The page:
Hannele Kettunen, R&D Manager
The 13th Finnish Gut Day seminar was arranged in Biomedicum 1 at the University of Helsinki on 23rd January, 2020. The yearly seminar, organized by Prof Willem de Vos and Dr. Anne Salonen, offered again an impressive set of lectures on gut microbiome research in Finland and abroad, as well as an opportunity for networking with fellow scientists.
Although the focus of this seminar is in human health, it gathers also veterinarians and animal scientists, because the major patterns of host-microbiota interactions are similar in all vertebrates. This state-of-the-art of gut microbiome research event is a source of ideas for future R&D projects of Hankkija Finnish Feed Innovations. It also offered a possibility to discuss our own resin acid studies both with existing collaborators and with new potential research partners.
The first speaker of the day was Prof Tine Rask Licht from the National Food Institute of the Technical University of Denmark. Her topic was the microbial colonization of neonatal gut: how the microbes get into the gut and what determines their ability to proliferate and be competitive there. While the first major contact to microbes occurs during birth, diet and environment have key roles in intestinal microbial diversity. She had for example identified the presence and number of older siblings as major influencer of microbial diversity in the gut of a new baby.
Dr. Nicola Segata, associate professor and principal investigator of the Computational Metagenomics lab of the University of Trento, Italy, emphasized studying microbes at the strain level. Bacteria, such as the familiar E. coli, come in many strains with very different qualities. For diagnostic purposes and also for ecological analysis, the ability to differentiate between commensal and pathogenic strains is a necessity. At present, the analysis of microbial communities to this level of detail is restricted mainly by the computational force needed for analyzing the metagenomic data. As the processing capacity of computers is ever increasing, these techniques will eventually allow a much more detailed understanding of host-microbiota interactions than what we have seen this far.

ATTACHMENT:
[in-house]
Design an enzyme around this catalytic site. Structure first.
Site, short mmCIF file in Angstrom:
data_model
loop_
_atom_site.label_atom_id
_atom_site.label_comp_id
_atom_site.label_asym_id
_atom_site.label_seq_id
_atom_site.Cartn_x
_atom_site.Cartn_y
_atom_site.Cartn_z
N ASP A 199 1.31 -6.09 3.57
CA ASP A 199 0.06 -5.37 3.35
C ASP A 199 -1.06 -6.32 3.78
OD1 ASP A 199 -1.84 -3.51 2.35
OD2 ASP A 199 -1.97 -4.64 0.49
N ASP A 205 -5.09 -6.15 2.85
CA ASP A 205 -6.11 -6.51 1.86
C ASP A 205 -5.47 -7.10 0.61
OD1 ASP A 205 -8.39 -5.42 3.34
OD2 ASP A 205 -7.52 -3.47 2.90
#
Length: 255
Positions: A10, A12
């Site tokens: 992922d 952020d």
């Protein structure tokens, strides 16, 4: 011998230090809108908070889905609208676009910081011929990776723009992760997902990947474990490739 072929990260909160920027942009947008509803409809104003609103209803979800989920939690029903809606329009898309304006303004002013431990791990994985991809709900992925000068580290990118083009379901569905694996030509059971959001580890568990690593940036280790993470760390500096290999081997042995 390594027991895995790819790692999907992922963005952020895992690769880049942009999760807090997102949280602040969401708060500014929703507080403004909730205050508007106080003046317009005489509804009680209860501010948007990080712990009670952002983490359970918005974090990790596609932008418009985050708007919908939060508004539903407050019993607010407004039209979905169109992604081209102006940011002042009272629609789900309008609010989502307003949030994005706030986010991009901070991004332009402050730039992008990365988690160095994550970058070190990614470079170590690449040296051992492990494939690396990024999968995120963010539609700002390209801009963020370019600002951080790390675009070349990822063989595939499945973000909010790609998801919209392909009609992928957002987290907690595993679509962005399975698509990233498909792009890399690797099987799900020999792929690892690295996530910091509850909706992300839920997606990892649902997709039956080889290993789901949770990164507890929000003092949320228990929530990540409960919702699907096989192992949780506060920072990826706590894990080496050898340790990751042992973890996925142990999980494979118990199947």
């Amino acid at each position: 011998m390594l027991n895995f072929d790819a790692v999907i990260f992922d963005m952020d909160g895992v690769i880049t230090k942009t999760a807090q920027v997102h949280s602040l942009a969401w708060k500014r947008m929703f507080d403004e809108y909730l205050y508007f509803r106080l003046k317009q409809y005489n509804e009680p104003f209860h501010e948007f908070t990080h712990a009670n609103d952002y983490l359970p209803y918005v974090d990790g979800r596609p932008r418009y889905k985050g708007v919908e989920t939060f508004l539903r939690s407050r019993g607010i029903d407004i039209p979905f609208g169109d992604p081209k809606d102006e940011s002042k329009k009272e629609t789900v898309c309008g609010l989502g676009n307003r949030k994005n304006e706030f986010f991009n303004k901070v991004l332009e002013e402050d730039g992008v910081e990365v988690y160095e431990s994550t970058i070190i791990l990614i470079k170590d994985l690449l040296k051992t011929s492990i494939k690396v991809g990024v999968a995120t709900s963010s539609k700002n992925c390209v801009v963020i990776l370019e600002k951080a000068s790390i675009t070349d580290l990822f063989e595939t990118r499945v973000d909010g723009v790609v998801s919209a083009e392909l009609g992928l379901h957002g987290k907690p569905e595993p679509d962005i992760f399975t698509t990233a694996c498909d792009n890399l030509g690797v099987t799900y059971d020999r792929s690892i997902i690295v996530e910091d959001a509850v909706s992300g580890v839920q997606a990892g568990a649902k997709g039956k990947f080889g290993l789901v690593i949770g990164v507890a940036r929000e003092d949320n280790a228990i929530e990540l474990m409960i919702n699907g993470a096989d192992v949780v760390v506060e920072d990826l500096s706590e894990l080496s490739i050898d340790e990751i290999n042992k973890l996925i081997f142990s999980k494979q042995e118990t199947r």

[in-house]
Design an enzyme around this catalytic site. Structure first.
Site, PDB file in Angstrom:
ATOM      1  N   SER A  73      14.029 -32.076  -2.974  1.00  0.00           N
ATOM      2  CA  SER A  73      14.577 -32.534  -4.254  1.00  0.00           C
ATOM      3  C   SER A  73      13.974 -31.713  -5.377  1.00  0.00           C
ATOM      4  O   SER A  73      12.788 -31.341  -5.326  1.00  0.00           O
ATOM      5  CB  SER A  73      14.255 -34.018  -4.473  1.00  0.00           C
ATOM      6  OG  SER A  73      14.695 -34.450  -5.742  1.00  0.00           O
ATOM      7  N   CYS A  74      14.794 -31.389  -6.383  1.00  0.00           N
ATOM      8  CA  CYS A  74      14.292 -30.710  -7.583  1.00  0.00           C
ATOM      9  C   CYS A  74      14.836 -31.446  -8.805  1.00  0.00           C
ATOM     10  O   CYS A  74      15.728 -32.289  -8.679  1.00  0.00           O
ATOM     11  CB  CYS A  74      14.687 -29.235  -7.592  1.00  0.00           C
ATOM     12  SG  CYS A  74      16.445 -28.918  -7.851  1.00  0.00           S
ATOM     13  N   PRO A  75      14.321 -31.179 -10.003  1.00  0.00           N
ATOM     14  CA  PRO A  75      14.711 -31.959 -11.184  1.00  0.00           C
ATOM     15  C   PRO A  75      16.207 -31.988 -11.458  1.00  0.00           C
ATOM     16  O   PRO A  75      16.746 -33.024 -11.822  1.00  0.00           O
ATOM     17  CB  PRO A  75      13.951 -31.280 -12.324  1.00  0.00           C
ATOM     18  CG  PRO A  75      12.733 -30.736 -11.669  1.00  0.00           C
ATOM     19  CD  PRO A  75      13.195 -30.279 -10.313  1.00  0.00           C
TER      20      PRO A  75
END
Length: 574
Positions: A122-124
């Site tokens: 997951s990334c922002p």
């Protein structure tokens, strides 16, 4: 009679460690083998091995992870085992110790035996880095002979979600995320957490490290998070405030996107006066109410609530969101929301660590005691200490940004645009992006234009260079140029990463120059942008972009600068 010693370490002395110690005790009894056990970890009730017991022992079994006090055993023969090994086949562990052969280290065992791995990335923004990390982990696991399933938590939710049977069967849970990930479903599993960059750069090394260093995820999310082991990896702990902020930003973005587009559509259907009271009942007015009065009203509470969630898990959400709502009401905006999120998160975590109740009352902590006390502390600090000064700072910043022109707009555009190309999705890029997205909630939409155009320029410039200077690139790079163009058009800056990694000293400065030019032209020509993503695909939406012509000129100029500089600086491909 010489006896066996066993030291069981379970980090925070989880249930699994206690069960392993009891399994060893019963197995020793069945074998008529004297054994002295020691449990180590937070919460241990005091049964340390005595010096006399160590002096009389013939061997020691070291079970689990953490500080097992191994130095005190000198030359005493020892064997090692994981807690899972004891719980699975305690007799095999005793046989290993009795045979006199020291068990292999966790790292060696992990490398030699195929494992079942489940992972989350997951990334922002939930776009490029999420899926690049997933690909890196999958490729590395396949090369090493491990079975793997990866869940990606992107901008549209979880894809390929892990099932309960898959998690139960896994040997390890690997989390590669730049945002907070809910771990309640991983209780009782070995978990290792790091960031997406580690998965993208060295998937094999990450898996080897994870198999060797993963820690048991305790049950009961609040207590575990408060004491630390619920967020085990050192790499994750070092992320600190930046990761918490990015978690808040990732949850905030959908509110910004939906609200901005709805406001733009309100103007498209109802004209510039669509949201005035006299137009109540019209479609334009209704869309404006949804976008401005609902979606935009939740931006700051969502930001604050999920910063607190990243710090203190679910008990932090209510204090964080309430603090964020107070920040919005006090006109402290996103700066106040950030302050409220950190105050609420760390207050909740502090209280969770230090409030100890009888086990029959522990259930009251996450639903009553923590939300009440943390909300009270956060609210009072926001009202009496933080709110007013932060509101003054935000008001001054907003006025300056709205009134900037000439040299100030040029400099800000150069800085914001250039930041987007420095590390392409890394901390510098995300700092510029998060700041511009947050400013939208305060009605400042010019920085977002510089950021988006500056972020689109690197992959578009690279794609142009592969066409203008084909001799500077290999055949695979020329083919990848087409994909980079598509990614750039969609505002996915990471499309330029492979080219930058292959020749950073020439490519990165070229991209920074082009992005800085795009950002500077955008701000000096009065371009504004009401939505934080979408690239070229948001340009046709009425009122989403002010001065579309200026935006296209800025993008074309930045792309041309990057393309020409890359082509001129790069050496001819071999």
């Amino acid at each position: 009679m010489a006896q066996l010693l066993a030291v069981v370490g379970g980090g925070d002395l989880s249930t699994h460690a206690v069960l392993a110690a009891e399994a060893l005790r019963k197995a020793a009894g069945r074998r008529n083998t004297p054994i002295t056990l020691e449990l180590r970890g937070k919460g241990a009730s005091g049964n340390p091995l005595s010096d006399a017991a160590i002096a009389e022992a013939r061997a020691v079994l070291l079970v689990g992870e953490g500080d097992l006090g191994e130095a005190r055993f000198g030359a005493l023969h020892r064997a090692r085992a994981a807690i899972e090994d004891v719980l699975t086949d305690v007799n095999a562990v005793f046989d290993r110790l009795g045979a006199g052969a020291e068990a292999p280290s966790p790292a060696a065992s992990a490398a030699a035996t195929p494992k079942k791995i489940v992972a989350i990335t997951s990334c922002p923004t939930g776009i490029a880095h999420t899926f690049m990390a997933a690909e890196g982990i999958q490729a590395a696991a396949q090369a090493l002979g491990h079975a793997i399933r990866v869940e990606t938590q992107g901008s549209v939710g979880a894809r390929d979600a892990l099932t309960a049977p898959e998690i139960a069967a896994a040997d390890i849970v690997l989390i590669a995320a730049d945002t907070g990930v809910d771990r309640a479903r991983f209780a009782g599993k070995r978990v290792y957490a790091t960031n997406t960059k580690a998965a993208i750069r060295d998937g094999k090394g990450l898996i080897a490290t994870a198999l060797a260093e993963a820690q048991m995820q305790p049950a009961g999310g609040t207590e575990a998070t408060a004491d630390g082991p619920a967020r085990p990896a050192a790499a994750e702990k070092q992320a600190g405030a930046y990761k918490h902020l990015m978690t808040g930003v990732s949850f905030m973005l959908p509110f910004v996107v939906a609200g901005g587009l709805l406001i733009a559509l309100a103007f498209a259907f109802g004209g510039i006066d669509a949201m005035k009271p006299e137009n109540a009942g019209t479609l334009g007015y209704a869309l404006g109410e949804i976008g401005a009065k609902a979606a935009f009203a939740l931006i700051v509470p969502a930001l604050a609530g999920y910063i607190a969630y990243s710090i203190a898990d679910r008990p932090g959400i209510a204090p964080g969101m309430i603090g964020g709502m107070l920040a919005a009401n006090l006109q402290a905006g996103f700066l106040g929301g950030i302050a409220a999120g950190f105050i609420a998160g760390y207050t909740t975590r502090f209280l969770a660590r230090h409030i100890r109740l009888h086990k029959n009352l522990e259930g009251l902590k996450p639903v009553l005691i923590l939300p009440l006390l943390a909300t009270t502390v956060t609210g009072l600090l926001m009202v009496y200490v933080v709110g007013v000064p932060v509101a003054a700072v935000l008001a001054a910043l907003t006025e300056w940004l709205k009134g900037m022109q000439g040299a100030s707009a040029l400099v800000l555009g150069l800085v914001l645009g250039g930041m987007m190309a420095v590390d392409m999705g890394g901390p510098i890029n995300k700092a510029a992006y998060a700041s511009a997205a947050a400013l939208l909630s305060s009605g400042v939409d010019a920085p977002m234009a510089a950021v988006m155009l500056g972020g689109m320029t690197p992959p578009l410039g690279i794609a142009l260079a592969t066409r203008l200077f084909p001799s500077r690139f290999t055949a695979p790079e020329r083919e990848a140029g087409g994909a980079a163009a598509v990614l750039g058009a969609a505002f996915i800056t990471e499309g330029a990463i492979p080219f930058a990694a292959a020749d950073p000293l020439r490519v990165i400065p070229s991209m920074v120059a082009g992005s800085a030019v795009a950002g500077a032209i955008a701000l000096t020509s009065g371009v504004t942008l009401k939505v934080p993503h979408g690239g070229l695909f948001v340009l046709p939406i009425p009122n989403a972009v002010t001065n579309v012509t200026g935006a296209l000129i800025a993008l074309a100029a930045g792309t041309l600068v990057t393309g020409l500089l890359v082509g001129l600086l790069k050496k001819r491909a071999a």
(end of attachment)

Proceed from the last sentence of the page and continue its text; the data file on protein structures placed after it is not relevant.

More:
Dr. Robert Sprenger from Nestle Research talked about the function of oligosaccharides in milk. Human milk oligosaccharides (HMOs) are a peculiar group of molecules that resemble sugar structures in the intestinal epithelium. All mammalian species produce oligosaccharides into milk for helping the offspring to establish a health-promoting gut microbiota, but the concentration and diversity of these molecules is higher in human than animal milk. It has been suggested that these molecules nurture microbes, which produce metabolites that are vital for brain development and human intelligence.
Fecal microbial transplants (FMTs) have become a routine treatment of recurrent cases of Clostridium difficile diarrhea, a potentially life-threatening condition. At present, the efficacy of FMTs on type 1 diabetes, and also on metabolic syndrome. Promising early results of these trials were presented by Prof Willem de Vos (in the picture below) from the University of Helsinki. It is remarkable if the development of these conditions can be slowed down “just” by introducing a health-promoting microbiota into the gut of the patient.
Prof Willem de Vos giving a lecture on microbial therapies of the future